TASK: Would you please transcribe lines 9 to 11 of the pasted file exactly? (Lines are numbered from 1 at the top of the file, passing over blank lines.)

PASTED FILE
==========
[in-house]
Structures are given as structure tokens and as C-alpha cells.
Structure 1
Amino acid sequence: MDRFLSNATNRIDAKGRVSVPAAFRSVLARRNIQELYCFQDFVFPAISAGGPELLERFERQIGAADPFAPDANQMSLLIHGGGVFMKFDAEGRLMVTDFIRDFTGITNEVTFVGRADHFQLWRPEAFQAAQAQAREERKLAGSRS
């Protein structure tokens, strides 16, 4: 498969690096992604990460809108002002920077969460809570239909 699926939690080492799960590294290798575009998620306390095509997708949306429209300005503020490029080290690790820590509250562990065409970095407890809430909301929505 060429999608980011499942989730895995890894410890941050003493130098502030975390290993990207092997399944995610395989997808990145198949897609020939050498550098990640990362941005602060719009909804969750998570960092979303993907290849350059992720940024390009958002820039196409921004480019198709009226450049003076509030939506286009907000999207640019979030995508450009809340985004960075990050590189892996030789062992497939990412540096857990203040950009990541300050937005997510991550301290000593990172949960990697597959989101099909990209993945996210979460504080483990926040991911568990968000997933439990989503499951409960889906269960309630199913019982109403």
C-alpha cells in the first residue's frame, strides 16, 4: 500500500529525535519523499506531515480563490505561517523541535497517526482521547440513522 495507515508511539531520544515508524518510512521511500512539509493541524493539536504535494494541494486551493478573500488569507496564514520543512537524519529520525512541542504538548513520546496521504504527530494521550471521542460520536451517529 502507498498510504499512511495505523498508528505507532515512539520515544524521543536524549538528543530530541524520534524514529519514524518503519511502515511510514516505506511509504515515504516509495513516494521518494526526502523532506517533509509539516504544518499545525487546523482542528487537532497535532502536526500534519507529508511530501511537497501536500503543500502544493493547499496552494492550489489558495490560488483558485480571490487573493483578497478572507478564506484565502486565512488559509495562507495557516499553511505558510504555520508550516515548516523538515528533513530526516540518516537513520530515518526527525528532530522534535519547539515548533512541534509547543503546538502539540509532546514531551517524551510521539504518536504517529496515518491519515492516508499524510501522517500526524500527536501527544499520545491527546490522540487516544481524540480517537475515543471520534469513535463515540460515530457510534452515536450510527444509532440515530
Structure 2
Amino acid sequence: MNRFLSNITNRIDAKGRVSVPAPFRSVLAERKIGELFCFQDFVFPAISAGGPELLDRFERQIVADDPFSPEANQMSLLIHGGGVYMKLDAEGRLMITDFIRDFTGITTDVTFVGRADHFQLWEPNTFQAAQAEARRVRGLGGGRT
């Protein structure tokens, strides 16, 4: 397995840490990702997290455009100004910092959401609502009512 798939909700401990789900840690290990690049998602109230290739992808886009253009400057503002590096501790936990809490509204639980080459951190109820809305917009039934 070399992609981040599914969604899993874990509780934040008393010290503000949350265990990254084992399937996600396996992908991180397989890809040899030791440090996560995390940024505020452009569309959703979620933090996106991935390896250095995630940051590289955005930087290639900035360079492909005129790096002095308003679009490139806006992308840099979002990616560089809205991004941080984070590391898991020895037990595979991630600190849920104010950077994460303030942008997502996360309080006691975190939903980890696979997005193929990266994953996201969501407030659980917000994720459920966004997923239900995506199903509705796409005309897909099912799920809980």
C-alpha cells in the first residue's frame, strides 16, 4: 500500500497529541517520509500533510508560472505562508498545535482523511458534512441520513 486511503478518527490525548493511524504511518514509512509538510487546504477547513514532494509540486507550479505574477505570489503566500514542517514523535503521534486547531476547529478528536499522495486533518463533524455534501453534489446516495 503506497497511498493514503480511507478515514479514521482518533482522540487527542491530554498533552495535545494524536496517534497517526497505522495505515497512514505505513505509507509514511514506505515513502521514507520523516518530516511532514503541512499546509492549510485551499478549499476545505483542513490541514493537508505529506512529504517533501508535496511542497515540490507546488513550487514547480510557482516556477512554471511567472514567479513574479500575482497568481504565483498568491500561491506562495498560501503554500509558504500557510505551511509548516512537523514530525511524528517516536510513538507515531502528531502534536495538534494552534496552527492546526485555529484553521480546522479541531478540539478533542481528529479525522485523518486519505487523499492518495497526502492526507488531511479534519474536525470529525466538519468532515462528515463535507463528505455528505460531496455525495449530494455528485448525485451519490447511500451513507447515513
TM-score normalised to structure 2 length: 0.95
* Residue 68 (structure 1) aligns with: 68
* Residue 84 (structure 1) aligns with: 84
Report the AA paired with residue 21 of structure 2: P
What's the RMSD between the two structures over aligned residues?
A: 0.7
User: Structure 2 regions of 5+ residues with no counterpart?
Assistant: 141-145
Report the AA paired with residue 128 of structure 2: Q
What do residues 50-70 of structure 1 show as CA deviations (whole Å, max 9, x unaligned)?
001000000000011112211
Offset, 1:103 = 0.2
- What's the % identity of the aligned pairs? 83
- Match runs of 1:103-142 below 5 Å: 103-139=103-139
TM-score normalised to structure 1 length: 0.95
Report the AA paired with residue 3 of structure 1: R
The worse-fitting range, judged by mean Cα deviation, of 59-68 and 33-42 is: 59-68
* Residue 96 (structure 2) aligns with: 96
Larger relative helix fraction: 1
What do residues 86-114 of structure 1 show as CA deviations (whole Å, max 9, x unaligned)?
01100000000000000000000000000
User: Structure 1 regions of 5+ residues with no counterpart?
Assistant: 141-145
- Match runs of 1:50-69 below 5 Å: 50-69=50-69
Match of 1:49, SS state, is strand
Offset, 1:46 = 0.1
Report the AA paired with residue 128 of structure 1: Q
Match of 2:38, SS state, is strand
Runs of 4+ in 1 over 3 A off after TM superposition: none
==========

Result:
């Protein structure tokens, strides 16, 4: 397995840490990702997290455009100004910092959401609502009512 798939909700401990789900840690290990690049998602109230290739992808886009253009400057503002590096501790936990809490509204639980080459951190109820809305917009039934 070399992609981040599914969604899993874990509780934040008393010290503000949350265990990254084992399937996600396996992908991180397989890809040899030791440090996560995390940024505020452009569309959703979620933090996106991935390896250095995630940051590289955005930087290639900035360079492909005129790096002095308003679009490139806006992308840099979002990616560089809205991004941080984070590391898991020895037990595979991630600190849920104010950077994460303030942008997502996360309080006691975190939903980890696979997005193929990266994953996201969501407030659980917000994720459920966004997923239900995506199903509705796409005309897909099912799920809980």
C-alpha cells in the first residue's frame, strides 16, 4: 500500500497529541517520509500533510508560472505562508498545535482523511458534512441520513 486511503478518527490525548493511524504511518514509512509538510487546504477547513514532494509540486507550479505574477505570489503566500514542517514523535503521534486547531476547529478528536499522495486533518463533524455534501453534489446516495 503506497497511498493514503480511507478515514479514521482518533482522540487527542491530554498533552495535545494524536496517534497517526497505522495505515497512514505505513505509507509514511514506505515513502521514507520523516518530516511532514503541512499546509492549510485551499478549499476545505483542513490541514493537508505529506512529504517533501508535496511542497515540490507546488513550487514547480510557482516556477512554471511567472514567479513574479500575482497568481504565483498568491500561491506562495498560501503554500509558504500557510505551511509548516512537523514530525511524528517516536510513538507515531502528531502534536495538534494552534496552527492546526485555529484553521480546522479541531478540539478533542481528529479525522485523518486519505487523499492518495497526502492526507488531511479534519474536525470529525466538519468532515462528515463535507463528505455528505460531496455525495449530494455528485448525485451519490447511500451513507447515513
TM-score normalised to structure 2 length: 0.95